Caribbean telecom sector revenue affected by COVID-19
Sydney, June 22, 2020 (GLOBE NEWSWIRE) -- Just released, this edition of Paul Budde Communication’s focus report on the Caribbean outlines the major developments and key aspects in the telecoms markets.
Given the relative lack of economic diversity within the Caribbean, the telecoms sector accounts for a higher proportion of GDP in most markets in the region than is common elsewhere. In the long-term the sector remains one of steady growth, particularly in the mobile telephony and data segments. However, such is the dependence on tourism for many of the islands states that lockdowns associated with the COVID-19 pandemic, both within the Caribbean and among visitor countries, have had a dramatic effect on local economies. This has had a knock-on effect on consumer spending for telecom services and on operator revenue.
Although there are a number of smaller players operating, Digicel Group and Liberty Latin America are the dominant providers, with local business units spanning the region. Their fixed-line and mobile infrastructure assets have cemented their position as full-service providers. Competition between them has encouraged investments to expand the reach of fibre networks and LTE, while there is also goring interest in 5G infrastructure from Liberty’s mobile unit Flow.
Digicel has invested widely in fibre infrastructure, though at the expense of Group free-cash flow at a time when the Group has amassed onsiderable debt. As of mid-2020, the Group’s survival rests on its success in renegotiating loans of about $4.3 billion due by the end of 2022.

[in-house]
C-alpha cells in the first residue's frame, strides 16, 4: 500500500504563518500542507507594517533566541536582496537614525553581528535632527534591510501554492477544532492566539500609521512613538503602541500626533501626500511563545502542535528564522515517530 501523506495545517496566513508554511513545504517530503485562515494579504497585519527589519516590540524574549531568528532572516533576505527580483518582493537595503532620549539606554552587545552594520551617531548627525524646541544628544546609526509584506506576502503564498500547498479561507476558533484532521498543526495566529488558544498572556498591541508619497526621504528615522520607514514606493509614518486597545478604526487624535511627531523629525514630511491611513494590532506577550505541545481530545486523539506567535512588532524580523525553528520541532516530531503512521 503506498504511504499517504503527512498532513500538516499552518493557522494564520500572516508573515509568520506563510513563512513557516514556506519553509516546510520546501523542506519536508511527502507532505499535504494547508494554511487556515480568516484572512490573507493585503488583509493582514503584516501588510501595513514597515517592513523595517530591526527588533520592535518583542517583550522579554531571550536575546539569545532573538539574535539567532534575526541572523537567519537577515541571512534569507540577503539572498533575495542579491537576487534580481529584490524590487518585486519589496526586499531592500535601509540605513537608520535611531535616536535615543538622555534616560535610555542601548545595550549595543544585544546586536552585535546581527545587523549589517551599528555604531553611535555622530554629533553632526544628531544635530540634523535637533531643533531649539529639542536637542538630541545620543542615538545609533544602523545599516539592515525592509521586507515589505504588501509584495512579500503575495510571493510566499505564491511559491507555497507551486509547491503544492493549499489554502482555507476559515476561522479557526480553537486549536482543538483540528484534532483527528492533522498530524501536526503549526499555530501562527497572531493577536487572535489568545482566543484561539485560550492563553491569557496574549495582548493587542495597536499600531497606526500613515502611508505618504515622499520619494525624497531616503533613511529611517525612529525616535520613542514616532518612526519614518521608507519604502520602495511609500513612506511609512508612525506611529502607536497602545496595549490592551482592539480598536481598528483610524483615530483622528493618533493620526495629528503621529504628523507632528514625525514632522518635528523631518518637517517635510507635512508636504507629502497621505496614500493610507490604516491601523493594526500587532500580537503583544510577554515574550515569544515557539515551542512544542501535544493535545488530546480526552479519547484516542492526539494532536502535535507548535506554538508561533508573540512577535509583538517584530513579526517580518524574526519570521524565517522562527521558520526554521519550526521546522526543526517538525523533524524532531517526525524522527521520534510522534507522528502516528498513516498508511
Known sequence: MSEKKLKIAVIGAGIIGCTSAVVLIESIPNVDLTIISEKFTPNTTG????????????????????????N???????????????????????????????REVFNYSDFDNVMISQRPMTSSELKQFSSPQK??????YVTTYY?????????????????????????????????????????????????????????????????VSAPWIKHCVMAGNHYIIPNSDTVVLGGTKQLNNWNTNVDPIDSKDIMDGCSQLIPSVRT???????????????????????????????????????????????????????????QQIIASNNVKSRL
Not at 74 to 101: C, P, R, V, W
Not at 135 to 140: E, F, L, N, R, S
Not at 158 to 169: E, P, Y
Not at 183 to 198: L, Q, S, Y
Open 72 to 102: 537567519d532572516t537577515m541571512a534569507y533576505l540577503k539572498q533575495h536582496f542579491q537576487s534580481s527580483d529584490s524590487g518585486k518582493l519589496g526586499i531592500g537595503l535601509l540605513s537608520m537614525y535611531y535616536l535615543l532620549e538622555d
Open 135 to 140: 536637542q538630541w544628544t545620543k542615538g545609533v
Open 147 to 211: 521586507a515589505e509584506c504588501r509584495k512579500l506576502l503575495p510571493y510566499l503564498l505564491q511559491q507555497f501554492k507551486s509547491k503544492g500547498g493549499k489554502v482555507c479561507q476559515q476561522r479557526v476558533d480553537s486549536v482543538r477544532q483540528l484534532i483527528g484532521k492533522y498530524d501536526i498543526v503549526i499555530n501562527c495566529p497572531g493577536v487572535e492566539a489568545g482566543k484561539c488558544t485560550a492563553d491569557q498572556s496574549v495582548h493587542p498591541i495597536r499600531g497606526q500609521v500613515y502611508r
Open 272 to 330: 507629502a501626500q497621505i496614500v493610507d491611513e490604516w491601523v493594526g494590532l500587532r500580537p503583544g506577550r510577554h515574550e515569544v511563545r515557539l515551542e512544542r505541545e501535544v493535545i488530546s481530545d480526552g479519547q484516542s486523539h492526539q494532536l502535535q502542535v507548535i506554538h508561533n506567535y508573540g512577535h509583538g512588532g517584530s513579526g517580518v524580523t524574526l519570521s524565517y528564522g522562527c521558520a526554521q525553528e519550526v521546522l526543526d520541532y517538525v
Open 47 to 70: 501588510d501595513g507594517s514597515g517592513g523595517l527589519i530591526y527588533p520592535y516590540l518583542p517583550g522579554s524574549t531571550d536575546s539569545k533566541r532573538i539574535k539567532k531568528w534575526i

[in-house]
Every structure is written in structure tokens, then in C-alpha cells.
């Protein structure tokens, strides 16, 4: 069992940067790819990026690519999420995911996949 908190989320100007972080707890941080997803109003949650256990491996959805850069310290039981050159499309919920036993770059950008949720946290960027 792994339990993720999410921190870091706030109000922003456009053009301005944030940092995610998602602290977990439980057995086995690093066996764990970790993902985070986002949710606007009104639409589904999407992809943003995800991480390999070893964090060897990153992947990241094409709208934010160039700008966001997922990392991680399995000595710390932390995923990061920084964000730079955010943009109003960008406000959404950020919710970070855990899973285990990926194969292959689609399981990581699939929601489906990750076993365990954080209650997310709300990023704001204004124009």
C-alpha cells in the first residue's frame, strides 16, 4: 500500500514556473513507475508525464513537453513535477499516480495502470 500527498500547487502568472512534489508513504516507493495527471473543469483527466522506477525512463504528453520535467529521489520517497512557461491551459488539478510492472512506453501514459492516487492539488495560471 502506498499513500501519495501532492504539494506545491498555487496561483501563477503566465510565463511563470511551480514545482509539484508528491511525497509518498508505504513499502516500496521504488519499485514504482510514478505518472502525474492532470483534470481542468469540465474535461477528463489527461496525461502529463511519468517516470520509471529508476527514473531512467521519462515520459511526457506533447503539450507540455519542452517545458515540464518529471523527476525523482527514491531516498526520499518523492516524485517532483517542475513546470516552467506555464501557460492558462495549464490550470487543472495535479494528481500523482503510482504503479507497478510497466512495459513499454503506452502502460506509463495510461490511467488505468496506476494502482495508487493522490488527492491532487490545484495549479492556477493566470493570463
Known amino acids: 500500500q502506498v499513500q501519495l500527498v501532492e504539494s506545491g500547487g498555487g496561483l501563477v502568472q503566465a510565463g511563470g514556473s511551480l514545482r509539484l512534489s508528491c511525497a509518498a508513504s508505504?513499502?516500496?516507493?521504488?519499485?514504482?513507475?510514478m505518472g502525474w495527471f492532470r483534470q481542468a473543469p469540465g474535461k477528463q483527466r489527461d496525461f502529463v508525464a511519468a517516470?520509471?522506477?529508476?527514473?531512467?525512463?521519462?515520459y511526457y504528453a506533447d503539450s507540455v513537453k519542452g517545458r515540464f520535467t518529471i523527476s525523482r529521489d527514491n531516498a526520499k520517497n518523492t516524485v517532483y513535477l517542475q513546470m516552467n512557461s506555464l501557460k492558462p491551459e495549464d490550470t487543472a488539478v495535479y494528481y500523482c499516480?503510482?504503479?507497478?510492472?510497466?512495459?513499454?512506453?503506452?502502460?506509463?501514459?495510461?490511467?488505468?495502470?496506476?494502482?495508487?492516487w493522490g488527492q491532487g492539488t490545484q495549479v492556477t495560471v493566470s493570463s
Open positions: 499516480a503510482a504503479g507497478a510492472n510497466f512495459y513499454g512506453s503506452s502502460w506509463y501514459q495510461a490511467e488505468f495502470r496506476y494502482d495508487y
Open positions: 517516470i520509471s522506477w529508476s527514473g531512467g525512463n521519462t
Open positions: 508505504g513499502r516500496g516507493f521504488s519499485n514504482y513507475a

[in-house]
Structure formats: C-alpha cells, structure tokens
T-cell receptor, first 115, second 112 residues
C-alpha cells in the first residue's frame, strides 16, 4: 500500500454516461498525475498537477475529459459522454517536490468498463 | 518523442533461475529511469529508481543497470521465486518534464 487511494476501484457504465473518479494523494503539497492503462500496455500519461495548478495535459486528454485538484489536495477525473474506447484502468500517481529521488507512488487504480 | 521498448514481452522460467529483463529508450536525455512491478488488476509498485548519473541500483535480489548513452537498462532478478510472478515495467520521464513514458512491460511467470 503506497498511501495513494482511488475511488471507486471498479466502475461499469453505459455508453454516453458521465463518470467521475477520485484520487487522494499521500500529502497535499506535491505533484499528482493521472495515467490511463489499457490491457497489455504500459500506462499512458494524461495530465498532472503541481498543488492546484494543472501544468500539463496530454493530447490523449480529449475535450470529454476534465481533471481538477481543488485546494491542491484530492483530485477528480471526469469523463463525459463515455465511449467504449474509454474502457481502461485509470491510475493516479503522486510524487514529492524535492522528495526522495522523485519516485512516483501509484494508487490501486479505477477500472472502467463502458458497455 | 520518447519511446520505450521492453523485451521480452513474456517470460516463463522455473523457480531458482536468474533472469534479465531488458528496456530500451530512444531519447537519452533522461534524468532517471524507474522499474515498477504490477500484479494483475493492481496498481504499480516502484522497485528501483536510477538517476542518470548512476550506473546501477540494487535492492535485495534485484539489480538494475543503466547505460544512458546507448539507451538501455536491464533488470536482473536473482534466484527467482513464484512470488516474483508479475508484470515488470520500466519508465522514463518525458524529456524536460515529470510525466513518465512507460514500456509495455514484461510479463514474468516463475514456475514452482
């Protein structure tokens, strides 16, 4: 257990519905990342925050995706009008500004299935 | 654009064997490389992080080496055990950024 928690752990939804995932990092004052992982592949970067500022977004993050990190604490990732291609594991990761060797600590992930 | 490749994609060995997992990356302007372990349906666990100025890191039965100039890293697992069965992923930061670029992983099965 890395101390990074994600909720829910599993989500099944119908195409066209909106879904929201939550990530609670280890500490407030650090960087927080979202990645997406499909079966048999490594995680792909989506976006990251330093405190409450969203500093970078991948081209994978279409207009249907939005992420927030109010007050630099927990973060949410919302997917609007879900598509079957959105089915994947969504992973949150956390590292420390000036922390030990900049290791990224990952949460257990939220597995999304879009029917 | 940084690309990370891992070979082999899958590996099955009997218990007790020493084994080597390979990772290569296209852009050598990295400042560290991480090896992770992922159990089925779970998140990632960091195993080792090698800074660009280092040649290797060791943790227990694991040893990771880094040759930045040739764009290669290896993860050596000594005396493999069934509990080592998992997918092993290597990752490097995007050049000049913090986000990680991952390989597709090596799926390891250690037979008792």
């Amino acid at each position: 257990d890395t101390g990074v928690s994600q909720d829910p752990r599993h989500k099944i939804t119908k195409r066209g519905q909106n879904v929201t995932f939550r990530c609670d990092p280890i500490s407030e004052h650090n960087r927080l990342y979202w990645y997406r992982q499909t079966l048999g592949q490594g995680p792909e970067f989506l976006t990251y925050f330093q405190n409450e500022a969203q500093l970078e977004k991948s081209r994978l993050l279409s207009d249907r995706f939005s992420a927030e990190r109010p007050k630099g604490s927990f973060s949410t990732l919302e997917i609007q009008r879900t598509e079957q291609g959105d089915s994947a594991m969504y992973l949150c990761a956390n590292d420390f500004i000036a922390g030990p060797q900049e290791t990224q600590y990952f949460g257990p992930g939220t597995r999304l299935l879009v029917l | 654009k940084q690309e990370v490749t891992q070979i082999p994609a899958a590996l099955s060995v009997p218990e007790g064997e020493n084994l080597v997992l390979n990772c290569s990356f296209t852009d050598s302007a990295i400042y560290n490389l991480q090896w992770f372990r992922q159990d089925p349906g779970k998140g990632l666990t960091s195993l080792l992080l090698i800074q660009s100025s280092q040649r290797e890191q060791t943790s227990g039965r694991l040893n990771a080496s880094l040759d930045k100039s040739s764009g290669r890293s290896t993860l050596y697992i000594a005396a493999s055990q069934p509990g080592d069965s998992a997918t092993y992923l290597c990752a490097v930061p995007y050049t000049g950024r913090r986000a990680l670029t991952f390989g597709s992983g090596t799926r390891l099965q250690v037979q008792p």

There have been ongoing changes in telecoms regulations across the region, with national regulators focussed on efforts to improve competition and facilitate investment.
BuddeComm notes that the outbreak of the Coronavirus in 2020 is having a significant impact on production and supply chains globally. During the coming year the telecoms sector to various degrees is likely to experience a downturn in mobile device production, while it may also be difficult for network operators to manage workflows when maintaining and upgrading existing infrastructure. Overall progress towards 5G may be postponed or slowed down in some countries.
On the consumer side, spending on telecoms services and devices is under pressure from the financial effect of large-scale job losses and the consequent restriction on disposable incomes. However, the crucial nature of telecom services, both for general communication as well as a tool for home-working, will offset such pressures. In many markets the net effect should be a steady though reduced increased in subscriber growth.
Although it is challenging to predict and interpret the long-term impacts of the crisis as it develops, these have been acknowledged in the industry forecasts contained in this report.
The report also covers the responses of the telecom operators as well as government agencies and regulators as they react to the crisis to ensure that citizens can continue to make optimum use of telecom services. This can be reflected in subsidy schemes and the promotion of tele-health and tele-education, among other solutions.
Companies mentioned in this report:
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